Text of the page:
Hettie Puckett and her friends made a quilt top September 07 2017
Some years back I bought a vintage quilt top. It's one of those "many hands" quilts that I love so much. A quilt made by a family or a group of friends. It is very simple, a checkerboard design with bubble gum pink and off-white muslin squares. What makes this one so very special is that each muslin square contains a hand embroidered name. And what wonderful names they are!
Hettie Puckett, Audie Hightower, Mamie and Tressie Box, Nervy Wilson, Flora Chadwick... a Maud, a Mabel and a Jeff.
Quilts like these tell stories. And having come to it via eBay or Etsy, it arrived without a history. For some reason it was never finished. I have made quilt tops that are languishing and still awaiting the batting, backing and binding to make them usable, but this one seems to have been forgotten.
I am not a quilt historian but just that particular shade of pink made me think that it might have been made in the 20's or 30's. And the names, of course, are from a bygone era... I wondered what the relationships were and where these people had lived.
A simple google search of some of the names led me to Violet Hill Cemetery in Arkansas. Quickly they started matching up! Nervy Wilson (short for Minerva) was RF Wilson's second wife. His daughters, Amy Shoemaker and Ethel Waggoner are on the quilt. Mamie and Tressie Box were mother and daughter. Jeff Blevins turned out to be Jeffie Hames who had married Eldon Blevins in 1934 (so her name change narrowed my time line). Jeffie's mom Gertie Hames and grandmother Nancy Clark are featured. Mollie Standerford and her mother Gladys are there... and on and on..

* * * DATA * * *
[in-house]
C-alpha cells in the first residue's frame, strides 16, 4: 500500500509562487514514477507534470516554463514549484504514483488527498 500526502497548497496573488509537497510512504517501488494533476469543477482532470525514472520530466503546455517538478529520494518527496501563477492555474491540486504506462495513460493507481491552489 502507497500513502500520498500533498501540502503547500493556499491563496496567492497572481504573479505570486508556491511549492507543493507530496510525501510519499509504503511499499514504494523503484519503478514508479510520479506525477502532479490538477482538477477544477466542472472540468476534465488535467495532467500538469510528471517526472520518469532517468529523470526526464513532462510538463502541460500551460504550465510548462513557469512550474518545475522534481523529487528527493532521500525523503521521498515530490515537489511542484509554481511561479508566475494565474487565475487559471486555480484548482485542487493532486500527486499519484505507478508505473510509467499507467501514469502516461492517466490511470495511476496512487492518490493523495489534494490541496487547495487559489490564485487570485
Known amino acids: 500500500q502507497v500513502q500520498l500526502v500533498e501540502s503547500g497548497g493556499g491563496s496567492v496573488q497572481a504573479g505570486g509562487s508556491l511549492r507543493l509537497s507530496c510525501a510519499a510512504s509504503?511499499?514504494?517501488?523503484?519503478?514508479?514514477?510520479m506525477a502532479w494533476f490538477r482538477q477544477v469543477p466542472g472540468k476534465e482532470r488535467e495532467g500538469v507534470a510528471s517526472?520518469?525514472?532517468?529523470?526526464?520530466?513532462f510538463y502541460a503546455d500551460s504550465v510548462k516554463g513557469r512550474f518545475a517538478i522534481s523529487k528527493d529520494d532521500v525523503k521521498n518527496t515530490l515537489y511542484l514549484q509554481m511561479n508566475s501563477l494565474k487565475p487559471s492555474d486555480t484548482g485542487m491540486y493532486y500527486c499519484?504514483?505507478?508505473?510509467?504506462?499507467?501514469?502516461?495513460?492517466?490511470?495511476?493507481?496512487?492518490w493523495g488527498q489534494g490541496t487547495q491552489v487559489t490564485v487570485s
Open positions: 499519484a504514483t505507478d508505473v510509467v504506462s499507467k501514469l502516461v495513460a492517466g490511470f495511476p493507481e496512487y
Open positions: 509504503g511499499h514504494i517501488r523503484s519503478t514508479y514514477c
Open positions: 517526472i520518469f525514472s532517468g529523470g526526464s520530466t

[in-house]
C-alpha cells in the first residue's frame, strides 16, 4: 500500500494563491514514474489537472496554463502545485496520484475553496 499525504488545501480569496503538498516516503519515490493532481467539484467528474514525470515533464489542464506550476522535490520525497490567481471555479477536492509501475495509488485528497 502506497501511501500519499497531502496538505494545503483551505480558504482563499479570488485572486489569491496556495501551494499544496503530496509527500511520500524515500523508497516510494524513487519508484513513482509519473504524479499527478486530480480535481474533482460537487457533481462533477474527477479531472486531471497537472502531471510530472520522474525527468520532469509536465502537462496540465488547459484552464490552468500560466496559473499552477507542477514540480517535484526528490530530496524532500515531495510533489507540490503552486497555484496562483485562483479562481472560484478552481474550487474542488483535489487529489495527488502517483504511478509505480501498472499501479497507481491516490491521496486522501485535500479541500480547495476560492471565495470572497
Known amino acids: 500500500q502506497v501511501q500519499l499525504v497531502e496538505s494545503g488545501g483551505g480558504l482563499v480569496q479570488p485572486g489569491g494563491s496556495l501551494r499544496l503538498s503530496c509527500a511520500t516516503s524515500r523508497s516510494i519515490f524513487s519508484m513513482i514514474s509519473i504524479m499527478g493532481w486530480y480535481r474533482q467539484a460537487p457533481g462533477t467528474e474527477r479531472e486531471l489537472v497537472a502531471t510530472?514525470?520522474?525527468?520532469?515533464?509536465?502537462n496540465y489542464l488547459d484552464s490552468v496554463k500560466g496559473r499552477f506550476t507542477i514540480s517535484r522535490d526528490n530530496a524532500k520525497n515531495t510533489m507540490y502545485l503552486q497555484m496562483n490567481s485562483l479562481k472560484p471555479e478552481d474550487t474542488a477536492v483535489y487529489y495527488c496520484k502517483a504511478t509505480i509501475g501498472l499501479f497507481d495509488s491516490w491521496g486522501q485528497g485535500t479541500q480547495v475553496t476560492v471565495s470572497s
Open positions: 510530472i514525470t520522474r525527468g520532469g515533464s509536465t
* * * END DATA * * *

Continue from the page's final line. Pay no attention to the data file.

One square was made by Rheudine Gaston. Being born in 1914 made her the youngest stitcher. Googling her name brought me to a notice from 2007 announcing her passing in Russelville, Arkansas. She lived to be 92. I made a quick call to the funeral home and luckily found a friendly person who remembered Rheudine (Gaston) Carter. She offered to help me contact one of her daughters. As much as I loved this quilt top, I wanted to offer it to a family member who might enjoy seeing the sweet stitches their mom made when she was a teenager. It now lives in Florida and hopefully will continue to tell its story as it is handed down.
I was never able to learn what the occasion was for the making of this quilt top. Perhaps it was meant to honor Jeff's upcoming marriage to Eldon? Perhaps it was a project made by members of the Fairview Baptist Church? I wasn't able to find all of the answers I wanted, but it was fun to research the names and imagine them living a long time ago in Violet Hill. Maybe some day I will know more.